The Sound of Music: A Profile on Mike Cohane
The Platform isn’t an easy venue to find. It’s above a recording studio that’s right on Main Street in Beacon, but you can only get to it by going into the actual building of the studio and walking past their receptionist heading up the narrow, carpeted stairs up into an even narrower hallway. The first door on the right of the hallway leads into a large, open room with a low stage on one end.
The musicians on the stage shout directions at the people who are setting up all of the speakers, microphones and all the other equipment. They have to shout because sound engineer and the control panels for all the settings on the equipment are towards the back of the room and their microphones aren’t on.
Guitars are strummed, drums are hit, microphones are tested. The small crowd of people that have gathered speak in murmurs, not wanting to distract the performers while they set up. A small group of men, presumably in their mid 20’s, stroke their short beards and adjust their skinny jeans and baseball hats while they discuss the latest album release of band they’re all familiar with. A pair of girls stand toward the back of the venue, quietly laughing and showing each other whatever they see on their phone. There can’t be more than about 25 people in the room and everyone wears a black “X” from a Sharpie, showing that they already paid for the show.
There’s an air of camaraderie in the room, as if everyone there already knows each other. Almost every time someone new walks in, someone they know is there to greet them. Considering how small the audience is and how unknown the bands are, it’s assumed almost everyone there is to support a loved one’s band.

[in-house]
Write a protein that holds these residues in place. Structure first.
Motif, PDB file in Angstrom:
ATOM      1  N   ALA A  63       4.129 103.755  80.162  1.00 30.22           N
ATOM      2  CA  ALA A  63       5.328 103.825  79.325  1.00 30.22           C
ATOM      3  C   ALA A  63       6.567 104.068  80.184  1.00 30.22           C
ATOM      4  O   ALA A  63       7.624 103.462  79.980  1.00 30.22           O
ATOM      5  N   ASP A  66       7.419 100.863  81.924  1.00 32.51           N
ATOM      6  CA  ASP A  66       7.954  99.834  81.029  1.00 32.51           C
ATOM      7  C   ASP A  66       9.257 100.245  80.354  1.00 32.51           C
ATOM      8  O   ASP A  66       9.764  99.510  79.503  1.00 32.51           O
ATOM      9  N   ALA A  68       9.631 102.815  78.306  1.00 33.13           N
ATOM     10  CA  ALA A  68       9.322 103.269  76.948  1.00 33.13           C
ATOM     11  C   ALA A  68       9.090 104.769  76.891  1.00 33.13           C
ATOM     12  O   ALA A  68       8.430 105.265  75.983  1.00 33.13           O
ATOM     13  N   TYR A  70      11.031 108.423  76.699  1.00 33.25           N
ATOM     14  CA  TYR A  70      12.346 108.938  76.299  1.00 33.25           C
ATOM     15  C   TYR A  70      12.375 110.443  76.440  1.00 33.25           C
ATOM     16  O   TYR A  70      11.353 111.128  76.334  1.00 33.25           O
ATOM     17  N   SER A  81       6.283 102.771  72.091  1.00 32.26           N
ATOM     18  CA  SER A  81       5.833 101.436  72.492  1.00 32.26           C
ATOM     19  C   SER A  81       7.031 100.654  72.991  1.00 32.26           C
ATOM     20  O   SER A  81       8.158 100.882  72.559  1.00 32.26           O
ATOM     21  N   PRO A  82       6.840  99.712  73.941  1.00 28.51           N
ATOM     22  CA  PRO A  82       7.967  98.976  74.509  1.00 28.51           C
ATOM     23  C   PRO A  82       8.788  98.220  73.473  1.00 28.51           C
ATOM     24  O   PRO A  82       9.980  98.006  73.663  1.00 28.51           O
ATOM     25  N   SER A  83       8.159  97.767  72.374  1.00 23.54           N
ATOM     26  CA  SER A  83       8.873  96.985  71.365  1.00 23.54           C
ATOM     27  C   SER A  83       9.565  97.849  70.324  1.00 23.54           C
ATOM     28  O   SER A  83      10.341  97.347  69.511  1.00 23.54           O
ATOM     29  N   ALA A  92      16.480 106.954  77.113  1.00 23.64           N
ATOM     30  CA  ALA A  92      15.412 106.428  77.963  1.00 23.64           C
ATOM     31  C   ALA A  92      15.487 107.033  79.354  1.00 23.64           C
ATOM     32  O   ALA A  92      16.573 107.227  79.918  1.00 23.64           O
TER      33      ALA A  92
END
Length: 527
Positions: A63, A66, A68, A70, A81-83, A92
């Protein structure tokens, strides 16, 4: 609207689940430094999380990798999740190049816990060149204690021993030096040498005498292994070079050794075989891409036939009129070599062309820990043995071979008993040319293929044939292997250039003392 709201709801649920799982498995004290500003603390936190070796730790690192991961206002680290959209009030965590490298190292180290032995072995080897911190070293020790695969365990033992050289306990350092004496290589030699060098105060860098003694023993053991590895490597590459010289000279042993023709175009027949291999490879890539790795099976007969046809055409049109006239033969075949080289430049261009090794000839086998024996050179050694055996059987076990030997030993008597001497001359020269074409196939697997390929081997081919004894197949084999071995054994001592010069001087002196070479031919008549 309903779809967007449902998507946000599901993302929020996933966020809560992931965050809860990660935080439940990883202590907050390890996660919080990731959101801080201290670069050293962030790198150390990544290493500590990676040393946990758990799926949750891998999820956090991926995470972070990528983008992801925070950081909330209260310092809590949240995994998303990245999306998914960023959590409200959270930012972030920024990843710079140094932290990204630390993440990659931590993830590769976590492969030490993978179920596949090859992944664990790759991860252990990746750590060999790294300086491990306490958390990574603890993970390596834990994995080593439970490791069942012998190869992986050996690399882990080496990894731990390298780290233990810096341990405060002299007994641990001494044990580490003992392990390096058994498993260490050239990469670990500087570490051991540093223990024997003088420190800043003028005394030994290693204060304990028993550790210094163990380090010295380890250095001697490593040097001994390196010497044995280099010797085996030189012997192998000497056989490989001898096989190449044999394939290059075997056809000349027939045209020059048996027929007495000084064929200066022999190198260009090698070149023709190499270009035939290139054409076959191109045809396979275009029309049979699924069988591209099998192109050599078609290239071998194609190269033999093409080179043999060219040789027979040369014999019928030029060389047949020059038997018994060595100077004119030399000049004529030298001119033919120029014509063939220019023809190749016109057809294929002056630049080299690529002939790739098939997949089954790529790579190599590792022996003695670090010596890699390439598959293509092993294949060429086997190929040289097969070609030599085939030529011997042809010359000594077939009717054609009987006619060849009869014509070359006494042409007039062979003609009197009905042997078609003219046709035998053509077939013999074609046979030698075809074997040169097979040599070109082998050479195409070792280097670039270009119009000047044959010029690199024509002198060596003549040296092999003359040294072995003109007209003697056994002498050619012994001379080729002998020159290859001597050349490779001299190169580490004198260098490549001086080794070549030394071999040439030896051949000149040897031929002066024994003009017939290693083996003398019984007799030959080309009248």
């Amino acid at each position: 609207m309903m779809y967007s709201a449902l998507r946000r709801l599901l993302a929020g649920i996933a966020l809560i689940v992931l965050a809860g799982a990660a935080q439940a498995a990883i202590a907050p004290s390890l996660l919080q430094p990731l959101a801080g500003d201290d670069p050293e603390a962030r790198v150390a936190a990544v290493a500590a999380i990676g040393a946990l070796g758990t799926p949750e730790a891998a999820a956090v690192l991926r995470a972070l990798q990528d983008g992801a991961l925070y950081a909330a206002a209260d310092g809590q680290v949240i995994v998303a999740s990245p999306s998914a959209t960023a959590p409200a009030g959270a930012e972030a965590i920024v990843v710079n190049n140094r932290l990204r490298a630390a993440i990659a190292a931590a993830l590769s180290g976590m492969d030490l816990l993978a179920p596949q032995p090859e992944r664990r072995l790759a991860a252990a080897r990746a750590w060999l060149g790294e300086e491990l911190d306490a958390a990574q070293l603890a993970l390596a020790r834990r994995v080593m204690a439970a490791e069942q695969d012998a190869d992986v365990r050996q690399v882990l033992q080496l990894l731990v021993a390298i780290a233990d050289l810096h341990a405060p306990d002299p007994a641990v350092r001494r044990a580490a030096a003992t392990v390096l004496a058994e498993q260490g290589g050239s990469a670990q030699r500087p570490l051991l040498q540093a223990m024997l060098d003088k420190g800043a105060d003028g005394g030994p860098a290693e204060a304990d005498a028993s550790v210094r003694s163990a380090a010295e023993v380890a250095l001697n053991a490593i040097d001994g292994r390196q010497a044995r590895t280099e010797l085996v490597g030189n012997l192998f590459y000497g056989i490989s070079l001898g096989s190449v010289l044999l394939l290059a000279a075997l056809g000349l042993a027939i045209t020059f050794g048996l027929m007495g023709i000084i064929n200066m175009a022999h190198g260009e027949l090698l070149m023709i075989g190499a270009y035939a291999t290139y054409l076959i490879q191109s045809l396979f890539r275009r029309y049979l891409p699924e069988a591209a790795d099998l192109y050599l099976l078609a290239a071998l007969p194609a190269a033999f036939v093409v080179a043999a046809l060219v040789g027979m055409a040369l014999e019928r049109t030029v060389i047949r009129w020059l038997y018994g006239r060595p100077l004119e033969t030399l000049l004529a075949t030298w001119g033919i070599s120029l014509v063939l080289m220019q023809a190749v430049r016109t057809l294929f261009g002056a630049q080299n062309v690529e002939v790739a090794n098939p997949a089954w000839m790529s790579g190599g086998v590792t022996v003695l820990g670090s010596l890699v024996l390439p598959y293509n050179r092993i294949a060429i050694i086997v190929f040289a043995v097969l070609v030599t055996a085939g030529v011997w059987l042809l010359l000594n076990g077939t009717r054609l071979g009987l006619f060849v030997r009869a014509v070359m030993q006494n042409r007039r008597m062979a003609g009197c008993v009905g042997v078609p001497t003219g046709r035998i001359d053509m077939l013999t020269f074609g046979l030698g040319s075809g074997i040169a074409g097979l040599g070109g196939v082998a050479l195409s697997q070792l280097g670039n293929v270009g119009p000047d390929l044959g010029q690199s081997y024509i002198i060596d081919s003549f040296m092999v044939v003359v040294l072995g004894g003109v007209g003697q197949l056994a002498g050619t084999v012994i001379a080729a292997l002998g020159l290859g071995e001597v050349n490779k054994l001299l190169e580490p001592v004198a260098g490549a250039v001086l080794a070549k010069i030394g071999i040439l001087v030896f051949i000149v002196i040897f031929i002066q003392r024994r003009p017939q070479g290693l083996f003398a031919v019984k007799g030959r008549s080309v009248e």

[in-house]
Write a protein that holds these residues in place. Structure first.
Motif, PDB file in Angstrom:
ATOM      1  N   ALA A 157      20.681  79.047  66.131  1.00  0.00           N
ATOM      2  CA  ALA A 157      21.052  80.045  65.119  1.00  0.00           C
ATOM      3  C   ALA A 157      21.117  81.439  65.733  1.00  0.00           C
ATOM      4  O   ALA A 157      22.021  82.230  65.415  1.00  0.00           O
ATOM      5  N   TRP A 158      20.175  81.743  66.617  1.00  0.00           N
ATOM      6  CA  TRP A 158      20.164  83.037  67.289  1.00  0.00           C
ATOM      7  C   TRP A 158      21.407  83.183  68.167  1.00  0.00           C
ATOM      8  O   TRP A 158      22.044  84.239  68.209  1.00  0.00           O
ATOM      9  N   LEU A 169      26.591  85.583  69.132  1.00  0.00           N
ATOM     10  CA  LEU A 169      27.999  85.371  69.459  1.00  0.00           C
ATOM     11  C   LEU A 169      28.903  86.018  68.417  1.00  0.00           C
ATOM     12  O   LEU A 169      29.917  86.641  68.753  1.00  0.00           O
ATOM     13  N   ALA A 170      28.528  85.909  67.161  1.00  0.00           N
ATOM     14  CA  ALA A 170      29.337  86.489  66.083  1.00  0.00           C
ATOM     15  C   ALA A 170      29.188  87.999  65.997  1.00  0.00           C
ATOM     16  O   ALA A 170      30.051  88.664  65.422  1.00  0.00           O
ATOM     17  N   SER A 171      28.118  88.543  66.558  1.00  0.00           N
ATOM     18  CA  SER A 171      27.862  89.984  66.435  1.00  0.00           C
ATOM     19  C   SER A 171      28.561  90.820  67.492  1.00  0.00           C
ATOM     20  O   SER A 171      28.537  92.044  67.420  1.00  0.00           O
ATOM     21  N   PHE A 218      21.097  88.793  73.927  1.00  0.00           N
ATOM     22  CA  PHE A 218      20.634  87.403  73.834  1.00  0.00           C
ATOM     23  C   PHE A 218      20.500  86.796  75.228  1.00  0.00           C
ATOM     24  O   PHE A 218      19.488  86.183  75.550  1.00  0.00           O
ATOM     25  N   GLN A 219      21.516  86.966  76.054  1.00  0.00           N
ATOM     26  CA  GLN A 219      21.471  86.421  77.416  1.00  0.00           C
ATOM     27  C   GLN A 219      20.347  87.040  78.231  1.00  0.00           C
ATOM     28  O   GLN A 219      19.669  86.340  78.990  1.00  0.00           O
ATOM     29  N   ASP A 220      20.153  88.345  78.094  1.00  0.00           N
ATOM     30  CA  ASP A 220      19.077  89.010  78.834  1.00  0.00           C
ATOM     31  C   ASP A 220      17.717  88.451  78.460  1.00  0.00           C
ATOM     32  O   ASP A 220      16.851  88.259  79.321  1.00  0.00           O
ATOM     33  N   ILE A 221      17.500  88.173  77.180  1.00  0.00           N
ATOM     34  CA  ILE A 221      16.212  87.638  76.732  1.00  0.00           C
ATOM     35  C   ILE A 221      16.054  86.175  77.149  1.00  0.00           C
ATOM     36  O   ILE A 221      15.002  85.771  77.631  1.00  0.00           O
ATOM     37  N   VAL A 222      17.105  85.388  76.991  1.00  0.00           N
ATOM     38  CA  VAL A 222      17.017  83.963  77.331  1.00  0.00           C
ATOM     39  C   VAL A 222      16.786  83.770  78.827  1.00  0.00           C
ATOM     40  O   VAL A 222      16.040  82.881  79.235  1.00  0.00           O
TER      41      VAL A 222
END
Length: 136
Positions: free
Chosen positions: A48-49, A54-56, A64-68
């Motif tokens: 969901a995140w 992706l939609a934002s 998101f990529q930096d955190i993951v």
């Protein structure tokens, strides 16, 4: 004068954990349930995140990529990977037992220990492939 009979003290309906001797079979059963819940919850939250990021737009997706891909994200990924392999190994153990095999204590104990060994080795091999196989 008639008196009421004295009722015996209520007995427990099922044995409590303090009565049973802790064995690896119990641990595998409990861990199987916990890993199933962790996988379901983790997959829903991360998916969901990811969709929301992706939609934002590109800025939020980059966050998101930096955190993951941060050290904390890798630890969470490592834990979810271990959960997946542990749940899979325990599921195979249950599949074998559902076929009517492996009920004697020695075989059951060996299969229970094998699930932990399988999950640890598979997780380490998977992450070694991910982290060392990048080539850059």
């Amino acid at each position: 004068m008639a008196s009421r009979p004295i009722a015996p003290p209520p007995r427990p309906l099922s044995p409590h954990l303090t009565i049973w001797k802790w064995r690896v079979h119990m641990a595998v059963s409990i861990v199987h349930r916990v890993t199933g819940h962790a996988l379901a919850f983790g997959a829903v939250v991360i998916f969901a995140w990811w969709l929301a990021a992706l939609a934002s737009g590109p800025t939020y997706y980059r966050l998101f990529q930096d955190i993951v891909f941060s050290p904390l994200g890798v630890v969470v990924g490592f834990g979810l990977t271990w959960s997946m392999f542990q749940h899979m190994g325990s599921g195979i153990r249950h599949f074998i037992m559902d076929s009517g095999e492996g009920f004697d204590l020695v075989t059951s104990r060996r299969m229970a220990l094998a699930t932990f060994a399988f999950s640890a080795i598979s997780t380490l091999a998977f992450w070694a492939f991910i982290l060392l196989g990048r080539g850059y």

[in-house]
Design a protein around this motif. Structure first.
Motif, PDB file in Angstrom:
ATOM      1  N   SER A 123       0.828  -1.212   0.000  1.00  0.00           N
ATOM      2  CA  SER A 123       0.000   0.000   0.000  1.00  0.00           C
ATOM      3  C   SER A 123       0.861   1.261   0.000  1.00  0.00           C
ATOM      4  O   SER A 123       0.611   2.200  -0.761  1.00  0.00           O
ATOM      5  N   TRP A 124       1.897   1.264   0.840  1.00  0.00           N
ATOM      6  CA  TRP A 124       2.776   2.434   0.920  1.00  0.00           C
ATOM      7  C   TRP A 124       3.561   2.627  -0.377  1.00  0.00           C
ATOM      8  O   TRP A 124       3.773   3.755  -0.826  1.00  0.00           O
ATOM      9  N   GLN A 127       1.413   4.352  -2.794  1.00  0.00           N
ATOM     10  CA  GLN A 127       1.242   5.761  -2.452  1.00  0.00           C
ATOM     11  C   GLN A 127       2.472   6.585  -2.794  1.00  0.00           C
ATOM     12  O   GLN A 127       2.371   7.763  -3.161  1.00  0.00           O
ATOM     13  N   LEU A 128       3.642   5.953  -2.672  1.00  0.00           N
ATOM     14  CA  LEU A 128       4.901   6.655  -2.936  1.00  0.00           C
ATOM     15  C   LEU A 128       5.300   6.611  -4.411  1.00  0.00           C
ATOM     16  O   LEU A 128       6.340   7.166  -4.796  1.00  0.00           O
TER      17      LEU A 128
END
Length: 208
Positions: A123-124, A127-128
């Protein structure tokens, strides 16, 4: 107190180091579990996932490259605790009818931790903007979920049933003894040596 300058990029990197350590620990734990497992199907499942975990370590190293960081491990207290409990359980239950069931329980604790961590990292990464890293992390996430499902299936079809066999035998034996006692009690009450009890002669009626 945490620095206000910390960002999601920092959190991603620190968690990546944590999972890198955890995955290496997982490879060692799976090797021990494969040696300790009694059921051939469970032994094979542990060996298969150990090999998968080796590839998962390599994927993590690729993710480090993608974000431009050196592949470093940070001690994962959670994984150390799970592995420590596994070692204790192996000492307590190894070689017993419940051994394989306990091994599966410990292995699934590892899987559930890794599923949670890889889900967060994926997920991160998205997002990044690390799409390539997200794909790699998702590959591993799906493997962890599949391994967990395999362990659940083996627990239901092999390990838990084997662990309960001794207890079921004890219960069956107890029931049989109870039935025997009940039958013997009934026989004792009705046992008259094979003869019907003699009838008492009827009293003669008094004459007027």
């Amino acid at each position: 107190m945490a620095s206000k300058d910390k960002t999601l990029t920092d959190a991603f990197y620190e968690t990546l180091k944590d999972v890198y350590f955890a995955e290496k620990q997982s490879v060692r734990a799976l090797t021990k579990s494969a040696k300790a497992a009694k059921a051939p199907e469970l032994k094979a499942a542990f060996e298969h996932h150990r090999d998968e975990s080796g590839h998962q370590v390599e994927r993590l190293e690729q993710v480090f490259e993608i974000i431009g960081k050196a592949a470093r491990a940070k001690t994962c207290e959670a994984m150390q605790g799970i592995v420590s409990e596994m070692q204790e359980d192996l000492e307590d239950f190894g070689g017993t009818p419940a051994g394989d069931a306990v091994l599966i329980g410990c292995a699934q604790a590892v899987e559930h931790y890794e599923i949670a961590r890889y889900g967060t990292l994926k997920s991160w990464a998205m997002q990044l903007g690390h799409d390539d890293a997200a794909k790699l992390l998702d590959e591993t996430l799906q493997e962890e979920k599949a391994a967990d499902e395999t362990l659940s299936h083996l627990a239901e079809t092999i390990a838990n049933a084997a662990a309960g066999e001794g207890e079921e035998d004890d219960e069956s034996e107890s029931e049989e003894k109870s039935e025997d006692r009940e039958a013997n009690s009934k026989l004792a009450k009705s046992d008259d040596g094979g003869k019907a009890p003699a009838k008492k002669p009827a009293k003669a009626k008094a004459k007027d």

There was even pair of parents in attendance. You didn’t have to overhear them talking about their daughter’s band to know that they were parents. All you had to do was notice how the father was wearing a NHL jersey and how the mother was wearing a floral blouse, neither of which could be seen on anyone else in the room. Not to mention the age difference between them and the rest of the crowd. They left, while discussing dinner plans, the second their daughter put down her bass and stepped off the stage. This clearly wasn’t the type of music they listen to, but they were supportive of her, nonetheless.
There are folding tables that line the walls. The tables are garnished with merchandise being sold by the performing bands. Most bands are only selling T-shirts, but some have other goods like stickers, hats, or physical copies of their latest music. Each table is accompanied by an disinterested salesperson, apathetically scrolling on their phones, not making eye contact with any of the people in the audience. Almost no one approaches the tables, despite how much the performers plead with them to buy their merchandise in between songs in their set.
There was a door to the right of the stage that lead to a narrow hallway that looked to be overcrowded with band and sound equipment. At the end of the hallway, was a door that lead to the back parking lot of the venue, giving performers and the crew easy access to the equipment that was loaded in their cars. People were walking briskly in and out of the hallway, looking like they were rushing around to make sure everything was in it’s place so the show could go over well.